Balance is now working with Vital to design and construct a ‘renewable ready' power station to accommodate future photovoltaic (solar) battery storage and biomass generation for a new coconut processing plant in Chuuk.

Australian company BMT Defence and Security delivered studies on materials handling and port infrastructure for Vital and has also helped it acquire a new landing craft vessel for the coconut farming and processing project in Chuuk.

These projects have showcased Australian capabilities and innovation in crucial sectors such as telecommunications, renewable energy and maritime design, as well as their ability to respond to the challenges of geographical remoteness, climate and other local conditions.


Workers on a roof installing solar panels
Photo credit: Balance


Flag of French Polynesia

French Polynesia

A new Consulate-General: French Polynesia is open for Australian business

Claire Scott  Consul-General

The Australian Consulate-General in Papeete opened on 3 May 2021. It is committed to helping Australian businesses understand the local trade and investment environment, advocating on economic issues of interest and helping to identify emerging opportunities.

As a French territory, French Polynesia has a stable regulatory environment, high levels of education, a high per-capita income and substantial infrastructure. It is well connected to European, US, Chinese and New Zealand markets. Australia has a good reputation here, especially given our similar tropical geography; locals are keen to see what we can offer.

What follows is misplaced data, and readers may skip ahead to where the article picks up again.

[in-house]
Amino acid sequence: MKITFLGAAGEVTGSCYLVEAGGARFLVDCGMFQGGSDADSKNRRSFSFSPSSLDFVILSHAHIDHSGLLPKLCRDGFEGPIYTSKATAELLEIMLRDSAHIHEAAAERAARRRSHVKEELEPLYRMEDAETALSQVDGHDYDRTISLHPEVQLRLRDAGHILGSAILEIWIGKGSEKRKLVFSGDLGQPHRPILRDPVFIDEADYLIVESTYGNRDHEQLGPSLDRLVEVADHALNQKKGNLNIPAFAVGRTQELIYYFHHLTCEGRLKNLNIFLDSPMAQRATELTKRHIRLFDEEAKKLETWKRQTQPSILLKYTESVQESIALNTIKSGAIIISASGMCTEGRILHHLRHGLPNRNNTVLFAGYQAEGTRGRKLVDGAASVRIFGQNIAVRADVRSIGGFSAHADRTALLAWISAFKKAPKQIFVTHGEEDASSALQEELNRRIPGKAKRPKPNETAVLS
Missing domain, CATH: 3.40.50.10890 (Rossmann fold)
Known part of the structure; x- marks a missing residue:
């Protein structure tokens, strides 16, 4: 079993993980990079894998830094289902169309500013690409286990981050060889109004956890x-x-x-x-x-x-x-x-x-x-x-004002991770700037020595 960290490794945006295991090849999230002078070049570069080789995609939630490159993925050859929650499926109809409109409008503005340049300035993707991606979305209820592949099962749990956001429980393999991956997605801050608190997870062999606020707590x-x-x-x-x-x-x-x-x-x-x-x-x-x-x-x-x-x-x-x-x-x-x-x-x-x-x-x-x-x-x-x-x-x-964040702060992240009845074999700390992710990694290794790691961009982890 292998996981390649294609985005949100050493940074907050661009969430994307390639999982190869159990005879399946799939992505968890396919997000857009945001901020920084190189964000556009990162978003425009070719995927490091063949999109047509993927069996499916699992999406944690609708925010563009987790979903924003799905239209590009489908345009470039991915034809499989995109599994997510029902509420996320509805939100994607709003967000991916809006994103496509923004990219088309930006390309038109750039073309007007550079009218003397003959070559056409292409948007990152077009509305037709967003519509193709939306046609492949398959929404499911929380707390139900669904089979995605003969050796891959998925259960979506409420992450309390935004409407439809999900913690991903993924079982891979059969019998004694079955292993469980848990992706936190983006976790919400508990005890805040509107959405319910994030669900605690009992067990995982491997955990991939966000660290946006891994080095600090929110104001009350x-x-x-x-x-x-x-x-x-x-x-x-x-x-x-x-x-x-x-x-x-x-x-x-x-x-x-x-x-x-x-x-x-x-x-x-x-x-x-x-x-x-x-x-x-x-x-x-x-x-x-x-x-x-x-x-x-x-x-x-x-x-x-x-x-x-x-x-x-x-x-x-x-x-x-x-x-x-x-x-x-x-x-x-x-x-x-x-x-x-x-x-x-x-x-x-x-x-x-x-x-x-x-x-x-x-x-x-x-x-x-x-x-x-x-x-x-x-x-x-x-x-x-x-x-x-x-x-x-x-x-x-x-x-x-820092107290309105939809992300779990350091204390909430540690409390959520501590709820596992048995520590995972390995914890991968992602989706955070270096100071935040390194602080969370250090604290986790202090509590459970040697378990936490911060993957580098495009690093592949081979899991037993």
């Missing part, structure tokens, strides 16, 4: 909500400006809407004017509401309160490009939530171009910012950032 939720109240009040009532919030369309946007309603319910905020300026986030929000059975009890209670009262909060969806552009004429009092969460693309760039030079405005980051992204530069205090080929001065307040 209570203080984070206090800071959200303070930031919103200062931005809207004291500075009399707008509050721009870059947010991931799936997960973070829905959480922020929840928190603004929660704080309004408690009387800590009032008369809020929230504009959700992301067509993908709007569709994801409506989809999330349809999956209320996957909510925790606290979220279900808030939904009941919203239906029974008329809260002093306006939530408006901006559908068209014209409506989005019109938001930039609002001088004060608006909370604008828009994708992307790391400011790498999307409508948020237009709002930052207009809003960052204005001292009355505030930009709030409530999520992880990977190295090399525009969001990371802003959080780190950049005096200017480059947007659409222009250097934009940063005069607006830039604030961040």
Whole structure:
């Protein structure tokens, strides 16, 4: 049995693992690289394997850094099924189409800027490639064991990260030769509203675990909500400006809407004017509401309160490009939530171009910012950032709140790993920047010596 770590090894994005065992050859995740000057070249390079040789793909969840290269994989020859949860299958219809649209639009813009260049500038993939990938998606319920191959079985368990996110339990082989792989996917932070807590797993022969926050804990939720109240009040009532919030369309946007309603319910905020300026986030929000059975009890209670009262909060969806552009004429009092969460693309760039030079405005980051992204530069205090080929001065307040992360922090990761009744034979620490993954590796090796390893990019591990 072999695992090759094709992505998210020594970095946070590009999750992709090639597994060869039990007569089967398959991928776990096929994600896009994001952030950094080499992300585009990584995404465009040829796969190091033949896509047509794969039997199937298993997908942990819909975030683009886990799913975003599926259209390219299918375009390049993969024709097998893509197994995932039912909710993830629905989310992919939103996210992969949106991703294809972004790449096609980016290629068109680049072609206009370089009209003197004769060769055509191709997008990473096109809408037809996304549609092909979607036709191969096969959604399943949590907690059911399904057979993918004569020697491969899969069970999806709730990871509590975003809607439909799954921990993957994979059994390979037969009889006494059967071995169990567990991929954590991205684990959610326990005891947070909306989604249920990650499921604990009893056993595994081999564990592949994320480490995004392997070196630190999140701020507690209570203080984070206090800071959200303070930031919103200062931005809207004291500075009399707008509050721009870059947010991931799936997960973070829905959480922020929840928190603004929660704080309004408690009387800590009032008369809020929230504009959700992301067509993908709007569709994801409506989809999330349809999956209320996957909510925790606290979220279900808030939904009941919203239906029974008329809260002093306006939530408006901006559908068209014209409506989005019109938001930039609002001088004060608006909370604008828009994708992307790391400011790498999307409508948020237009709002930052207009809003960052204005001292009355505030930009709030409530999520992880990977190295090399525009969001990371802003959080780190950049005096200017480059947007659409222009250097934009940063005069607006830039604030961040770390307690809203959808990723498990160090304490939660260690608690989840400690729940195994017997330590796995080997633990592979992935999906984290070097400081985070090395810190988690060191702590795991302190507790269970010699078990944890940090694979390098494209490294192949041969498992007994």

Opportunities for Australian businesses and investors exist in:

  • Tourism – expected to rebound strongly after the pandemic, new hotels, and training for qualified staff to run them are needed
  • Pearl farming – the iconic Tahitian black pearl
  • Aquaculture – tropical lagoon fish
  • Food and beverage
  • Broader VET and tertiary Education services
  • Municipal services – such as waste disposal and recycling solutions
  • Infrastructure – including public works, with a focus on the local transition to renewable energies


Flag of Nauru


Roadmap charts course for private sector development opportunities

Dr Helen Cheney High Commissioner

In 2020-21, Australia supported the Nauru Chamber of Commerce to partner with Australian Business Volunteers (ABV) to develop a private sector Roadmap to strengthen Nauru's sustainable economic development.

The Chamber aspires to foster cross-sector collaboration and the Roadmap will advance private sector development in alignment with Nauru's broader socioeconomic development aims.

Sean Oppenheimer

The Roadmap aims to strengthen communities through business, by supporting and promoting locally-led, private sector driven solutions, open collaboration and youth leadership and entrepreneurship.

Liz Mackinlay


The Roadmap has been developed to streamline private sector development opportunities alongside broader economic development priorities under Nauru's National Sustainable Development Strategy (NSDS).

Two examples are the construction of a new seaport and resurfacing of the airstrip. The port construction project is jointly funded by the Government of Nauru, Australia, the Asian Development Bank and the Green Climate Fund. The outcome will be a climate resilient sea transport hub for Nauru.